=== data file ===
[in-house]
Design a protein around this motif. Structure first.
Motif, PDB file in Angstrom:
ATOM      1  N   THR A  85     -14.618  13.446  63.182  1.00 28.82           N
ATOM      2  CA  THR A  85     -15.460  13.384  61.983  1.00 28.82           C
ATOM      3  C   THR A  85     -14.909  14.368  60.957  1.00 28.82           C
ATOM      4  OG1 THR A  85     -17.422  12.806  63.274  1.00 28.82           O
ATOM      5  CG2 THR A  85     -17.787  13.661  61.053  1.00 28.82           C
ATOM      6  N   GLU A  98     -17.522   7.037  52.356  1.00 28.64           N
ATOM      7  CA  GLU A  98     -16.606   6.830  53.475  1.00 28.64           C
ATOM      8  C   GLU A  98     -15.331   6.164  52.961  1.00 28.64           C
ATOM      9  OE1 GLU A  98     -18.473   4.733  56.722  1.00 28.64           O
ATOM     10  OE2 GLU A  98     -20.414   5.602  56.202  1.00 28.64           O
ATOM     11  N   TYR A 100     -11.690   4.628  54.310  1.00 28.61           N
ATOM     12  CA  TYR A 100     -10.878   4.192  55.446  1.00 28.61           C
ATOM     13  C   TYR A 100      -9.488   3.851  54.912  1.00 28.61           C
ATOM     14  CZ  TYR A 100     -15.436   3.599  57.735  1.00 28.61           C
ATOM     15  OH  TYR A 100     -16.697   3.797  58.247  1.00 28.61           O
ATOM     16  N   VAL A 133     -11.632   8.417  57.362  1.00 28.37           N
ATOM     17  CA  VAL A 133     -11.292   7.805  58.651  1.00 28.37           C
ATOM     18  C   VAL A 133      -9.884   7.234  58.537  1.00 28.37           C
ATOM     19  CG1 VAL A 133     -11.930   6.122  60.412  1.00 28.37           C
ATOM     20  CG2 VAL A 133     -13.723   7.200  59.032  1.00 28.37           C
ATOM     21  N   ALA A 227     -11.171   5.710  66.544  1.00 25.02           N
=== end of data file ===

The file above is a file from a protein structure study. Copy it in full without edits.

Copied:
[in-house]
Design a protein around this motif. Structure first.
Motif, PDB file in Angstrom:
ATOM      1  N   THR A  85     -14.618  13.446  63.182  1.00 28.82           N
ATOM      2  CA  THR A  85     -15.460  13.384  61.983  1.00 28.82           C
ATOM      3  C   THR A  85     -14.909  14.368  60.957  1.00 28.82           C
ATOM      4  OG1 THR A  85     -17.422  12.806  63.274  1.00 28.82           O
ATOM      5  CG2 THR A  85     -17.787  13.661  61.053  1.00 28.82           C
ATOM      6  N   GLU A  98     -17.522   7.037  52.356  1.00 28.64           N
ATOM      7  CA  GLU A  98     -16.606   6.830  53.475  1.00 28.64           C
ATOM      8  C   GLU A  98     -15.331   6.164  52.961  1.00 28.64           C
ATOM      9  OE1 GLU A  98     -18.473   4.733  56.722  1.00 28.64           O
ATOM     10  OE2 GLU A  98     -20.414   5.602  56.202  1.00 28.64           O
ATOM     11  N   TYR A 100     -11.690   4.628  54.310  1.00 28.61           N
ATOM     12  CA  TYR A 100     -10.878   4.192  55.446  1.00 28.61           C
ATOM     13  C   TYR A 100      -9.488   3.851  54.912  1.00 28.61           C
ATOM     14  CZ  TYR A 100     -15.436   3.599  57.735  1.00 28.61           C
ATOM     15  OH  TYR A 100     -16.697   3.797  58.247  1.00 28.61           O
ATOM     16  N   VAL A 133     -11.632   8.417  57.362  1.00 28.37           N
ATOM     17  CA  VAL A 133     -11.292   7.805  58.651  1.00 28.37           C
ATOM     18  C   VAL A 133      -9.884   7.234  58.537  1.00 28.37           C
ATOM     19  CG1 VAL A 133     -11.930   6.122  60.412  1.00 28.37           C
ATOM     20  CG2 VAL A 133     -13.723   7.200  59.032  1.00 28.37           C
ATOM     21  N   ALA A 227     -11.171   5.710  66.544  1.00 25.02           N